A New Christmas Table

What a blessing and gift it is to gather everyone around the family table during this special time of year. As a quilter, nothing is more satisfying than creating something beautiful and unique for our own decoration. Seeing a craft I personally made put to good use is incredibly satisfying. I hope you too can experience this joy in your own home this Christmas season.

Today's post is a Christmas Tree Placemat you can create to your own liking and use this year at your own table. I will walk you through the basic steps demonstrating how I made my own placemats. In the pattern, you will find everything you need to complete the project. Let's get started!


You will need (3) fabrics for the tree and stars as well as your background fabric. The fabric requirements are as follows:

Fabric 1: 1/4 yard

Fabric 2: 1/4 yard

Fabric 3: (1) Fat Eighth

Fabric 4: 1/2 yard (background)

For this demonstration, I chose some Art Gallery Fabrics Pure Solids which are a "go to" for me when it comes to solids. Their fabrics are gorgeous. I usually find I can created that "muted" look I so often tend to lean towards. Here is what I chose for these placemats:

Half Square Triangles (HST)

Once you decide on your fabrics, it's time to cut all your fabric. All the cutting requirements are well laid out for you in the pattern with diagrams. Note: The pattern will actually make (2) placemats. So if you're wanting a total of (4) placemats, just double all your numbers. Say you're getting ready a for a larger party and you want (12) placemats, just multiply everything by (6). It's easy to do the math if you're wanting to make more than the (2) described in the pattern.

The pattern will walk you through making (8) HSTs at time. (Here's a FREE Cheat Sheet for your reference to make any size HST.) If you have never learned this method, no worries. Each step in described and diagrammed in the pattern. I also have a tutorial in a recent blog post entitled The Magical World of HST.

Back to the pattern, once you make all the HSTs, it's time to trim. The Half Square Ruler is my favorite method for trimming. Each one comes out perfectly trimmed...much better than I can ever do using a Square Off ruler.

Half Rectangle Triangles (HRT)

The next step is to make the HRT. These might seem a bit overwhelming but they're easier than you think. Once you do a couple, you'll see that they are actually quite fun to make! As far a piecing, I always lay them out just as the pattern diagrams. You'll actually have (2) different directional triangles for each placemat. Here is a look at one of them.

You'll notice that I've laid out the triangle to mimic the finished HST. The triangle on the left is from Fabric 4 and the triangle on the right is from Fabric 1. Simply flip the Fabric 4 triangle to align RST. Sew a 1/4" along the long sides of the triangles.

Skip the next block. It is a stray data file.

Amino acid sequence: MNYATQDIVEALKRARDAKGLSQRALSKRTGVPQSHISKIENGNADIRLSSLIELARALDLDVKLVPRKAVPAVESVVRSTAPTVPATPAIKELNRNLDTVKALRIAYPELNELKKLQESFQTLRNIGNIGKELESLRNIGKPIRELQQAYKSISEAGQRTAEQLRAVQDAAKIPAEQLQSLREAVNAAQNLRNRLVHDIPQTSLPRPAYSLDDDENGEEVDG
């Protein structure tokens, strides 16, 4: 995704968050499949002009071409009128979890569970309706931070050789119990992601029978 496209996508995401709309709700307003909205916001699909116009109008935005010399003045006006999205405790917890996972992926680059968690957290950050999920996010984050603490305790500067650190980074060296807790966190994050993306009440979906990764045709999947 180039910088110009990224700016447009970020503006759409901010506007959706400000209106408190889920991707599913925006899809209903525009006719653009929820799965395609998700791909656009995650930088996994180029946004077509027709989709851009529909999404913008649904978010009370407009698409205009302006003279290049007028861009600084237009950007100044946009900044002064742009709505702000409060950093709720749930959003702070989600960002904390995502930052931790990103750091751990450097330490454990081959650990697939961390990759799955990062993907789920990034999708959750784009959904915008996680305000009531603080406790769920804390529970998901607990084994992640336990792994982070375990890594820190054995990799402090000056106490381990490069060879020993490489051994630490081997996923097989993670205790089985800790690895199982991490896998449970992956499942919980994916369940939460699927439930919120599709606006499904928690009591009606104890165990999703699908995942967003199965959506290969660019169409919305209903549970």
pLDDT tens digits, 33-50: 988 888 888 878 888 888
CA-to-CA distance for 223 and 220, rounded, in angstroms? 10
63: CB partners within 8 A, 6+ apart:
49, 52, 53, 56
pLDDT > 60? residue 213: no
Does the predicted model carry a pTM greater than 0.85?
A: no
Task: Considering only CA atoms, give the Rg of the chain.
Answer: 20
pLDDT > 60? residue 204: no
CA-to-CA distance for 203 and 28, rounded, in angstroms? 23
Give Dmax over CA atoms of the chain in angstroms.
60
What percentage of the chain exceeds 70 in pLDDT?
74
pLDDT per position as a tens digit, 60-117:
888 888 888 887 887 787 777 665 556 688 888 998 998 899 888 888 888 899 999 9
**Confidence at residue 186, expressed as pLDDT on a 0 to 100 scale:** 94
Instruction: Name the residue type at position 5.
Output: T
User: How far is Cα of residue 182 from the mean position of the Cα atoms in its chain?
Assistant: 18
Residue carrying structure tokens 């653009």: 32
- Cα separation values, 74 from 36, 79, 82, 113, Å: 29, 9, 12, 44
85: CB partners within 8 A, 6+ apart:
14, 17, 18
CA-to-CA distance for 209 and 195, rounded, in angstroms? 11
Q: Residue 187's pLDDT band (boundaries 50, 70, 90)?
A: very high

The trimming can be a bit tricky only because you're working with an angle that's not the most common 45 degree angle. You'll line up the 1/4" dot/mark of your quilt ruler right on the intersecting line of the HRT. Make sure as you trim the first two sides, the HRT is measuring LARGER than your final cut size. Trim the first (2) sides of the HRT. This is all explained and diagrammed with more detail in the pattern.

Once you trim the first two sides, you'll notice the triangle tip that was just trimmed now has about 1/8" inch across the top. That's good and what your want.

Then you flip the HRT 180 degrees and trim to the desired size. This trimming is more traditional in that you're lining up the HRT with the ruler to achieve a specific size. And that's it! Now you have beautiful HSTs that are about to become a Christmas Tree!

Placemat Assembly

Those are the only units you need to create before assembling your placemat top. From now on, it's a jigsaw puzzle. And who doesn't like putting together puzzles?

First, you'll put two opposite HRTs together to create your tree.

Then you'll take the HSTs and a couple of solid squares to create the half stars. It all starts to come together quite quickly at this point. It's just a matter of piecing the stars, the tree and background pieces to bring it all together.

Quilts, Coffee, and Jazz

It's about this point where my coffee runs out. And you might be asking why I interrupted this tutorial to talk about my coffee. That's because Quilts, Coffee, and Jazz is a perfect combo around CCQ. I love this trio so much that I actually give my own suggestions with each pattern for your own enjoyment. So before we move on, let's take a break.

For the coffee suggestion, I recommend a Salted Caramel Cold Brew. I remember seeing a Starbucks customer receive this gorgeous, venti iced coffee and was baffled at what that might be. Probably about 3/4 of the cup was black, iced coffee with a light and airy dairy topping floating at the top. I actually asked the barista what that was because I just had to have it. Yep, you guessed it: Salted Caramel Cold Brew. And I think salted caramel anything goes great with Christmas!

And for the jazz, I highly recommend "Christmas Time is Here" by the Vince Guaraldi Trio. It's classic. It's soothing. And it will get anyone in the mood for Christmas! If you haven't started Christmas projects yet, I have a feeling a hearing of this song will get you started!


Back to our project...After you finish your quilt top, it's now time to quilt. For these (2) placemats I made for this blog post, I kept it quite simple. First, I went around the star and the tree with a stitch in the ditch.

Second, I echoed the star and tree by a 1/4" quilting outline.